SINGAPORE: Stock markets in southeast Asia were largely cautious on Tuesday as investors weighed up a mixed bag of economic data out of China while the Philippine index slumped to an over-11-month low.
China’s economy grew 6.8 percent in the first quarter of 2018 from a year earlier, official data showed, unchanged from the previous quarter. But separate data showed March industrial output missed expectations and first-quarter fixed-asset investment growth slowed, tempering equity market sentiment.
MSCI’s broadest index of Asia-Pacific shares outside Japan slipped 0.5 percent.
Philippine shares closed 1.9 percent lower, marking a third consecutive session of losses.
There has been strong selling in the Philippines since late February, said Fio Dejesus, an analyst at Manila-based RCBC Securities.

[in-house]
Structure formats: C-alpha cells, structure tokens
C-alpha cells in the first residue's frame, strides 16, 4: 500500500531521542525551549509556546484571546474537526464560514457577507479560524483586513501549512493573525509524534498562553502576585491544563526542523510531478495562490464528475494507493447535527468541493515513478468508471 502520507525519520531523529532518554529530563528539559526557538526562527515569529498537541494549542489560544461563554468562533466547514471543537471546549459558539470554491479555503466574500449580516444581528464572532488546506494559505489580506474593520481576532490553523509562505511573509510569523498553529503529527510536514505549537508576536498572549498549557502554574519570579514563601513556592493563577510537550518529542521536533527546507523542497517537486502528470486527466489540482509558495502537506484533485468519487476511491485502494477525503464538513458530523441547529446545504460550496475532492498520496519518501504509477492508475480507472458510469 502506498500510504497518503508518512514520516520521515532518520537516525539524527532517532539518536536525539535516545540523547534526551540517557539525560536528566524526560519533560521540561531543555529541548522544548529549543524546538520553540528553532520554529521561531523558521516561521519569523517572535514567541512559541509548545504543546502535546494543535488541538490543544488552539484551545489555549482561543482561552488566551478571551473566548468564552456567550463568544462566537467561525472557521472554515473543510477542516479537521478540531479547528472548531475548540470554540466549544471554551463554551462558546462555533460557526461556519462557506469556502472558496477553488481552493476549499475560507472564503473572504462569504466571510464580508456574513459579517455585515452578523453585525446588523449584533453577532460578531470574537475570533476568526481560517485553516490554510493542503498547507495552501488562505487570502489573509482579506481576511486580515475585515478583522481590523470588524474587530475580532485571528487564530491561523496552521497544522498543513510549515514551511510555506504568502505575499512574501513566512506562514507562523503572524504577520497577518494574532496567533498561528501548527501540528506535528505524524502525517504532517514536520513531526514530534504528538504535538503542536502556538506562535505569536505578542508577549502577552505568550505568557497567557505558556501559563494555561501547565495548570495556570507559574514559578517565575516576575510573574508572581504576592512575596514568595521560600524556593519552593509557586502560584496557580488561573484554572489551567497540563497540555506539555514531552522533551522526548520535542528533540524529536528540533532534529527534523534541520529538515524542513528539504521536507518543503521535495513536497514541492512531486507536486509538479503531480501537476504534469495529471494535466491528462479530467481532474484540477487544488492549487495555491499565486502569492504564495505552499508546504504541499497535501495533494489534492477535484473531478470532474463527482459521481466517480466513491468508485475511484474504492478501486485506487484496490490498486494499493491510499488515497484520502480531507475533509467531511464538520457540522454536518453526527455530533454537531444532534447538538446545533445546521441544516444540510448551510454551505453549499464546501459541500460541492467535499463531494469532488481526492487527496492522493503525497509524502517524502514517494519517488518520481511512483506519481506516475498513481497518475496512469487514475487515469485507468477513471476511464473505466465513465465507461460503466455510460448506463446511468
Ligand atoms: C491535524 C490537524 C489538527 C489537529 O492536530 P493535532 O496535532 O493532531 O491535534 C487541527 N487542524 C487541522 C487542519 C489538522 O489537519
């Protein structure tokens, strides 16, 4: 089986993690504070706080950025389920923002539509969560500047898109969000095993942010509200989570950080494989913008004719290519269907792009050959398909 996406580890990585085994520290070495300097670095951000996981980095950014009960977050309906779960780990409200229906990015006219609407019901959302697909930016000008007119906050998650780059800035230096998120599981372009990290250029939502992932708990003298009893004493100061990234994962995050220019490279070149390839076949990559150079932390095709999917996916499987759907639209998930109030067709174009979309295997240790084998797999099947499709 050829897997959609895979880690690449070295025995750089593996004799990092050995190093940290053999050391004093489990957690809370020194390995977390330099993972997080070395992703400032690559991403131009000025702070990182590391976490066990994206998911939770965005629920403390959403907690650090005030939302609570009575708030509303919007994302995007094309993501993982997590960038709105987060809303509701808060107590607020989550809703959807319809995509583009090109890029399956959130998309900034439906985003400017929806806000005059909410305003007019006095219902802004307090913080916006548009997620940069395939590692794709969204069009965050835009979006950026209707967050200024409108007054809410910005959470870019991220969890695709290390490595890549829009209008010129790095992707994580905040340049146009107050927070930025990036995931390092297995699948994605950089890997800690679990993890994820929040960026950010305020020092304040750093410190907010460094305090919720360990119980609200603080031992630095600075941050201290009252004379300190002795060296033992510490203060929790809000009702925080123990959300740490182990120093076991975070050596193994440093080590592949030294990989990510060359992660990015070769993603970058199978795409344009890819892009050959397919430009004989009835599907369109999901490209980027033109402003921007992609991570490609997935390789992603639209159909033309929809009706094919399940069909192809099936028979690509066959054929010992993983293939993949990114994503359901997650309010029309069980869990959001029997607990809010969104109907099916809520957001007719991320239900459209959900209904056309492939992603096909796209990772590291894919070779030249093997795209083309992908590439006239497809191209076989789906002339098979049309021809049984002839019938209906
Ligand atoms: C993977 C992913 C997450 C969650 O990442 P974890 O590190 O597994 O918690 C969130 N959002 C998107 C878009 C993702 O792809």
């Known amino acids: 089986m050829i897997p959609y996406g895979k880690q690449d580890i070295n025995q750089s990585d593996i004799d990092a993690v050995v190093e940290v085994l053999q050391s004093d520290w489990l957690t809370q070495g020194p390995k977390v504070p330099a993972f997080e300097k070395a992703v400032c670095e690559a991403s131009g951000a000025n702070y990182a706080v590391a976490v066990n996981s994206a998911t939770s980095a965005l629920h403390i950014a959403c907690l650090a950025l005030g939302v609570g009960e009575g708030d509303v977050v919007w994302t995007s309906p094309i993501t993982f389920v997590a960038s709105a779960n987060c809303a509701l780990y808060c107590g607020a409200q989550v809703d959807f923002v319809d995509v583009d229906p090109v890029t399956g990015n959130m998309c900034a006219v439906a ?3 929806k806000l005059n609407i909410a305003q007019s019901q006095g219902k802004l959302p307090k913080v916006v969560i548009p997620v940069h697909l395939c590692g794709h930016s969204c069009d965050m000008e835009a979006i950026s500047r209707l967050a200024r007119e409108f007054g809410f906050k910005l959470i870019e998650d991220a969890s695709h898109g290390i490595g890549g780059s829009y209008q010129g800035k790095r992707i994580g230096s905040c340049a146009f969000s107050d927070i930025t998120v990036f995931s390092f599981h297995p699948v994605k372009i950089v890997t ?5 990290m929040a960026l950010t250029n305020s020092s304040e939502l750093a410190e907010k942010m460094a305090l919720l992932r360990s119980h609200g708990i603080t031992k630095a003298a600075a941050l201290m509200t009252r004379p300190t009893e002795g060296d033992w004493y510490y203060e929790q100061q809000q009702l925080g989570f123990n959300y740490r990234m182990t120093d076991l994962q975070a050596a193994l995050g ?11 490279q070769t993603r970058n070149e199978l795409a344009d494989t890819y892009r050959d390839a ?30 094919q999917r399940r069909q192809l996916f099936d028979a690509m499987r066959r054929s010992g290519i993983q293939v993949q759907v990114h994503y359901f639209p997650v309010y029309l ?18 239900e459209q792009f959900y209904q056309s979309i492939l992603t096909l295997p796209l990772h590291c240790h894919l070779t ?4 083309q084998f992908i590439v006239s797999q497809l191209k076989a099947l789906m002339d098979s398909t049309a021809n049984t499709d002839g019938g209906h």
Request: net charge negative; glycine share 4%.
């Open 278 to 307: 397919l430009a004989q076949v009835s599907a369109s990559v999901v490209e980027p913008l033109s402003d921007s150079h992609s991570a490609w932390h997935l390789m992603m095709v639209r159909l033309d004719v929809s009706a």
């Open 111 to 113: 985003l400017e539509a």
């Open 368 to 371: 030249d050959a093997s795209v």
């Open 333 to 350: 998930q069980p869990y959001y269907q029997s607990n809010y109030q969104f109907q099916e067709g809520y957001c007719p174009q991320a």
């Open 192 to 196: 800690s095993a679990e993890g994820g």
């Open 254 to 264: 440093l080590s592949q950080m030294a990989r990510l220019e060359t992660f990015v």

Although consolidation began last month, investors still seem bearish, he said, adding the index might pick up from the 7,500 level.
The index has fallen 9.8 percent so far this year.
Financials were among the biggest losers, with BDO Unibank Inc, SM Investments Corp and Bank of the Philippine Islands falling between 1.7 percent and 3.6 percent.
Indonesian shares were little changed as losses in financials outweighed gains in energy stocks.
Bank Mandiri (Persero) Tbk PT fell 2.2 percent, but losses on the index were capped by a 4.4 percent gain in United Tractors Tbk PT.
Singapore shares closed marginally higher. Top lender Oversea-Chinese Banking Corp Ltd climbed 1 percent to a near-four-week high, while DBS Group Holdings Ltd closed up 0.6 percent, hitting its highest in nearly five weeks.
Malaysian shares clocked their eighth winning session in nine, ending up 0.1 percent after hitting their highest in three and a half years earlier.
Gains from lender CIMB Group Holdings Bhd and telecom company DiGi.Com Bhd kept the index afloat.
Vietnam shares closed up 0.4 percent, while Thai shares fell 0.7 percent.